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Almost sixteen-year-old Aria Jones is starting over. New postal code, new last name, new rules. But she doesn’t mind, because it means she can leave her painful regrets behind. In the bustling town of Eastmonte, she can become someone else. Someone better.

With the Hartford family living next door, it seems she will succeed. Sure, Cassie Hartford may be the epitome of social awkwardness thanks to her autism, but she also offers an innocent and sincere friendship that Aria learns to appreciate. And Cassie’s older brother, Emmett—a popular Junior A hockey player with a bright future—well … Aria wishes that friendship could lead to something more. If he didn’t already have a girlfriend, maybe it would.

But Aria soon finds herself in a dicey moral predicament that could derail her attempt at a fresh start and make her a pariah in her school. It is her loyalty to Cassie and her growing crush on Emmett that leads her to make a risky move, one that earns her a vindictive enemy who is determined to splinter her happy new world.


K.A. Tucker

21 January 2019

A poignant new story about a girl trying to change her future while evading her past is coming next week from K.A. Tucker, and I have a sneak peek for you.


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My eyes are closed and rhythmic music pulsates through my earbuds when a knock sounds on my bedroom door.

“Come in!” I hit pause on my playlist.

The door eases open.

“Hey, your mom asked me to—bring these in.”

I bolt upright in bed as a towering guy with wavy chestnut brown hair strolls in, his arms loaded with two cardboard boxes, his lips pressed together firmly as if trying not to laugh.

Cassie trails him, her mouth splitting wide with a grin when she sees me. “Your face is green!” she declares with a bark of laughter.

And burning red beneath this mud mask.

“Why is your face green?”

“It’s just … nothing,” I mumble.

“Is it a face mask?” she presses.


“Where do you want these?” the guy asks, having the decency to avert his gaze.

“Over there?” I croak, pointing to the shelves by the window, desperate to tunnel beneath my sheets. As if the mask isn’t bad enough, my hair is piled messily on top of my head and I’m wearing an old cotton T-shirt with my former high school’s logo and boxer shorts that, while comfortable beyond compare, are far from cute.

“This is my brother, Emmett. He just got home from the United States,” Cassie introduces proudly as he leans over to set the boxes on the floor, giving me a great view of his muscular arms and the shape of his broad back, straining beneath the weight. “This is Aria with a green face. She likes dogs, just like me, and she hates tomatoes, just like me.” The introduction comes out in one long string of words, using her slightly offbeat inflections.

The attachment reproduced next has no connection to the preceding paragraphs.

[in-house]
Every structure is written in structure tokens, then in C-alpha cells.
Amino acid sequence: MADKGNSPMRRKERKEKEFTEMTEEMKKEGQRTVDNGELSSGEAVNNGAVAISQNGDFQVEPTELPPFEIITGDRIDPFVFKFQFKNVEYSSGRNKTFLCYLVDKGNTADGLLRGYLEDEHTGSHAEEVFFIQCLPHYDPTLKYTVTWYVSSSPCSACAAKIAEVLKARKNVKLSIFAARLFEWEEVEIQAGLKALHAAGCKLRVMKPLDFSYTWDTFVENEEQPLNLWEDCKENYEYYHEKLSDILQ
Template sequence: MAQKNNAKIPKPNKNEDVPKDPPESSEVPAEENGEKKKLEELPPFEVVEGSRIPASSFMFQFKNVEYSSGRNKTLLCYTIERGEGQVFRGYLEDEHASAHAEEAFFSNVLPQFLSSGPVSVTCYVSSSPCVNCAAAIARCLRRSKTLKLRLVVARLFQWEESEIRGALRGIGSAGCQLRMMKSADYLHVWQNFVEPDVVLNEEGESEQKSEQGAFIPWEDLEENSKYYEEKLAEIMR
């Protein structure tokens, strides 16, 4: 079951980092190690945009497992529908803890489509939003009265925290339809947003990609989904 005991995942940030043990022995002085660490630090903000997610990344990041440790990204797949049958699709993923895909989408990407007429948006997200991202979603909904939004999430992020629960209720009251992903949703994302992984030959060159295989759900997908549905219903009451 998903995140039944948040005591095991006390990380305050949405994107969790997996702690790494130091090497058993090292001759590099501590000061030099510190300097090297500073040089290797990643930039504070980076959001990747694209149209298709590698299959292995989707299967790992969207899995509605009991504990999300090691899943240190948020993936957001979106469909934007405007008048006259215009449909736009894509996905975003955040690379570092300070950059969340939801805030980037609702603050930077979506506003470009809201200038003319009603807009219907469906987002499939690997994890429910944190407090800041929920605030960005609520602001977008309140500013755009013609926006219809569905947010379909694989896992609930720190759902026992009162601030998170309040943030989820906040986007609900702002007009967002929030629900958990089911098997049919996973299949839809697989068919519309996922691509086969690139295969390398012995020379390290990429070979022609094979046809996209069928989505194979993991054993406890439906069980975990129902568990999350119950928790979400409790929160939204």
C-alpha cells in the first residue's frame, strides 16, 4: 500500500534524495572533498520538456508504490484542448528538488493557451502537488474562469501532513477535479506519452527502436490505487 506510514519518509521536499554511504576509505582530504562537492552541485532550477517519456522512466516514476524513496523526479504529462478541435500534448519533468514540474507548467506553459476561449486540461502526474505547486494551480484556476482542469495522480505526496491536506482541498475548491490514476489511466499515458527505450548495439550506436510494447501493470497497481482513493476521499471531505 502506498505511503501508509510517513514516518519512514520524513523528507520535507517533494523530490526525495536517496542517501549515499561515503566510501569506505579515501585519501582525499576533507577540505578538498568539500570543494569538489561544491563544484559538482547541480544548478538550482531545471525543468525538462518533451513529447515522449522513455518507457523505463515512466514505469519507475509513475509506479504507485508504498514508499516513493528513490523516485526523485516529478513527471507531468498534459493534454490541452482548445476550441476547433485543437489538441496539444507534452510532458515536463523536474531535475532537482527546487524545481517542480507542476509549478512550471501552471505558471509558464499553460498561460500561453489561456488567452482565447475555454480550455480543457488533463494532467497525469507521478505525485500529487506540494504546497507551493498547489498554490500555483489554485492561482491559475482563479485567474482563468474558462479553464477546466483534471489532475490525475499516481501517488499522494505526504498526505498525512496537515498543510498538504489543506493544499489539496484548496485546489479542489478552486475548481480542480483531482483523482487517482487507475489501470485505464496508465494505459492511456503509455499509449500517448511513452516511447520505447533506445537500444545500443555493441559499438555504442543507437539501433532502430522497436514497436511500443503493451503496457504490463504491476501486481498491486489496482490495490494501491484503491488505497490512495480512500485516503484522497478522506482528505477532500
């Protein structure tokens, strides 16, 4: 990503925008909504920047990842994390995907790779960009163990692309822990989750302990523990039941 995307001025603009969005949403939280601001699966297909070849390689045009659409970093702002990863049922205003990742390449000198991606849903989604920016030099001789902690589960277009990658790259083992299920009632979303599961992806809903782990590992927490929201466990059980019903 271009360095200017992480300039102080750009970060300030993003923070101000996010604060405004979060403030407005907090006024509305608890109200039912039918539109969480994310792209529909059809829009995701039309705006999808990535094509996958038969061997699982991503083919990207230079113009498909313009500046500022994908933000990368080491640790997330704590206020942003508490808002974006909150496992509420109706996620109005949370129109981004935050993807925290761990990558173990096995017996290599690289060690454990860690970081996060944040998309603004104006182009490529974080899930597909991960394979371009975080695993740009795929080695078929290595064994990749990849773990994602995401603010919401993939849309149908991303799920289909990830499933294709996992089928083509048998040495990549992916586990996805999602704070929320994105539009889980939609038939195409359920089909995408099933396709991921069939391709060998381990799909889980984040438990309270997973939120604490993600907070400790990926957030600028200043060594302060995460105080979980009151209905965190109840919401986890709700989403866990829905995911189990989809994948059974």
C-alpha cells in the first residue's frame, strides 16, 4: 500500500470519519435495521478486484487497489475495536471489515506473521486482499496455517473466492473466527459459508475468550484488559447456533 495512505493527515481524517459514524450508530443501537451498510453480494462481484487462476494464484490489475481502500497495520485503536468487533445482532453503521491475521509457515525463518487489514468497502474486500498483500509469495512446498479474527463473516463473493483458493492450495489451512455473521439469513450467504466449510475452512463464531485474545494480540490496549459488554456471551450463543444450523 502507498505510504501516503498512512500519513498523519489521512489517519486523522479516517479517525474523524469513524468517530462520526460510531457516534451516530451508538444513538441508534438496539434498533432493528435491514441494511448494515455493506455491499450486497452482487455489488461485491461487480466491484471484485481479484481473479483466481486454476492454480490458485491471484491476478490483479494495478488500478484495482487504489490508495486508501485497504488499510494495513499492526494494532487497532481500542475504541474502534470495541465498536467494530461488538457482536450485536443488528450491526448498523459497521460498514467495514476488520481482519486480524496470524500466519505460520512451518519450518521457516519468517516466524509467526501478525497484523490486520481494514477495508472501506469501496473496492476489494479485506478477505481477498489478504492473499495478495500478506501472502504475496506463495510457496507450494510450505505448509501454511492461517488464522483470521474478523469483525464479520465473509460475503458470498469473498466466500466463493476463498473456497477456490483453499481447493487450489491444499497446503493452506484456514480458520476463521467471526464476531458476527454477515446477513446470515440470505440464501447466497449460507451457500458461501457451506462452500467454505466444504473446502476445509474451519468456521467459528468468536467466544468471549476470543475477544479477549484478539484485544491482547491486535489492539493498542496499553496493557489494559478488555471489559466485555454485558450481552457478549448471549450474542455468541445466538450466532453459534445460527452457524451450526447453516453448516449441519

Emmett eases to his feet. “Hello, Aria with a green face who likes dogs and hates tomatoes.” His smile is wide and broad, and shows off his perfect white teeth and two deep-set dimples in his cheeks. His eyes are a rich, dark brown and they complement his olive-toned skin. His nose is angular and in perfect proportion. His jawline is square and solid, any hint of boyishness gone.

Much like my ragged ensemble, this guy is far from cute.

He’s gorgeous.

I swallow my embarrassment. “Yeah. Hey.”

“Look what Emmett brought me!” Cassie holds up a stuffed animal in a burgundy jersey with a yellow “M” across the front. “His name is Goldy Gopher. He’s a hockey mascot. I love mascots. Do you like mascots?”

“I don’t know? Maybe?” What I do know is that Ireally don’t want to carry on a conversation about mascots with my hot neighbor and his sister while I look like this.

“So, we’ll … uh …” Emmett casts his thumb toward the door.

“Yeah. Good. I mean …” I shake my head, cringing at myself.

“You have stars!” Cassie’s wide eyes lock on the stickers above my bed.

“Yeah.” More humiliation to add to tonight’s collection. Mom “stumbled upon them” in the wallpaper section at Home Depot. Truthfully, I think she went looking for them. She’s like that when she gets something in her head. I plastered on a fake smile instead of telling her I’m too old for glow-in-the-dark stars.

“I like your room. It looks different.” Cassie’s eyes drift, scanning the space as if memorizing it.

“See you around, Aria.” Emmett ruffles Cassie’s hair on his way past, and then hooks an arm around her shoulders and steers her toward the door. She stiffens. “Come on. Let’s give green-faced Aria some privacy,” he mock-whispers, earning her burst of childlike laughter.

He pulls my door shut, but not before turning back to offer one last devastatingly handsome look, his brown eyes twinkling with amusement.

And in that moment, beneath a cluster of tacky glow-in-the-dark stars, my face green with clay and red with embarrassment, I fall hopelessly in love with the boy next door.

As soon as the door clicks, I flop back into my bed with a groan.

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